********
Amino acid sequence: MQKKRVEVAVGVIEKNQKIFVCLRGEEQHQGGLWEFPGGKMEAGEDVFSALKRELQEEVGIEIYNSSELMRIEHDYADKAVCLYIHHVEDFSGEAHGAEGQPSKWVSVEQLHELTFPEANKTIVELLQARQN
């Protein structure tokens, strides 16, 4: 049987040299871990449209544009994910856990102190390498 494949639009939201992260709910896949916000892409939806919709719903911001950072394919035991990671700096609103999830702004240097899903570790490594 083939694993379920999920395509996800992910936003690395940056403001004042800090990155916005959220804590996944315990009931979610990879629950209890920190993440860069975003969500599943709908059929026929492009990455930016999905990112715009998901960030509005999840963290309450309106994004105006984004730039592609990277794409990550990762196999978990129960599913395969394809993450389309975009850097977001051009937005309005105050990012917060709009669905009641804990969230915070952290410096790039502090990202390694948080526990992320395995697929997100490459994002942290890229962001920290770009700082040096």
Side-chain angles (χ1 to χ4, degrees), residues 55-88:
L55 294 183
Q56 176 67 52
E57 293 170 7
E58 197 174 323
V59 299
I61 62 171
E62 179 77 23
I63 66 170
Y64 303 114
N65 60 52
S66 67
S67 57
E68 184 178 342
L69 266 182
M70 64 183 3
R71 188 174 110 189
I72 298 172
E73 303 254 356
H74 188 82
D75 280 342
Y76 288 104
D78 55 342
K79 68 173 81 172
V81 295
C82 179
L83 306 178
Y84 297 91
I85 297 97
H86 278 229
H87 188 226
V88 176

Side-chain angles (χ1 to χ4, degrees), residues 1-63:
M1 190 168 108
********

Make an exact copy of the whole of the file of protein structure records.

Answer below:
Amino acid sequence: MQKKRVEVAVGVIEKNQKIFVCLRGEEQHQGGLWEFPGGKMEAGEDVFSALKRELQEEVGIEIYNSSELMRIEHDYADKAVCLYIHHVEDFSGEAHGAEGQPSKWVSVEQLHELTFPEANKTIVELLQARQN
């Protein structure tokens, strides 16, 4: 049987040299871990449209544009994910856990102190390498 494949639009939201992260709910896949916000892409939806919709719903911001950072394919035991990671700096609103999830702004240097899903570790490594 083939694993379920999920395509996800992910936003690395940056403001004042800090990155916005959220804590996944315990009931979610990879629950209890920190993440860069975003969500599943709908059929026929492009990455930016999905990112715009998901960030509005999840963290309450309106994004105006984004730039592609990277794409990550990762196999978990129960599913395969394809993450389309975009850097977001051009937005309005105050990012917060709009669905009641804990969230915070952290410096790039502090990202390694948080526990992320395995697929997100490459994002942290890229962001920290770009700082040096």
Side-chain angles (χ1 to χ4, degrees), residues 55-88:
L55 294 183
Q56 176 67 52
E57 293 170 7
E58 197 174 323
V59 299
I61 62 171
E62 179 77 23
I63 66 170
Y64 303 114
N65 60 52
S66 67
S67 57
E68 184 178 342
L69 266 182
M70 64 183 3
R71 188 174 110 189
I72 298 172
E73 303 254 356
H74 188 82
D75 280 342
Y76 288 104
D78 55 342
K79 68 173 81 172
V81 295
C82 179
L83 306 178
Y84 297 91
I85 297 97
H86 278 229
H87 188 226
V88 176

Side-chain angles (χ1 to χ4, degrees), residues 1-63:
M1 190 168 108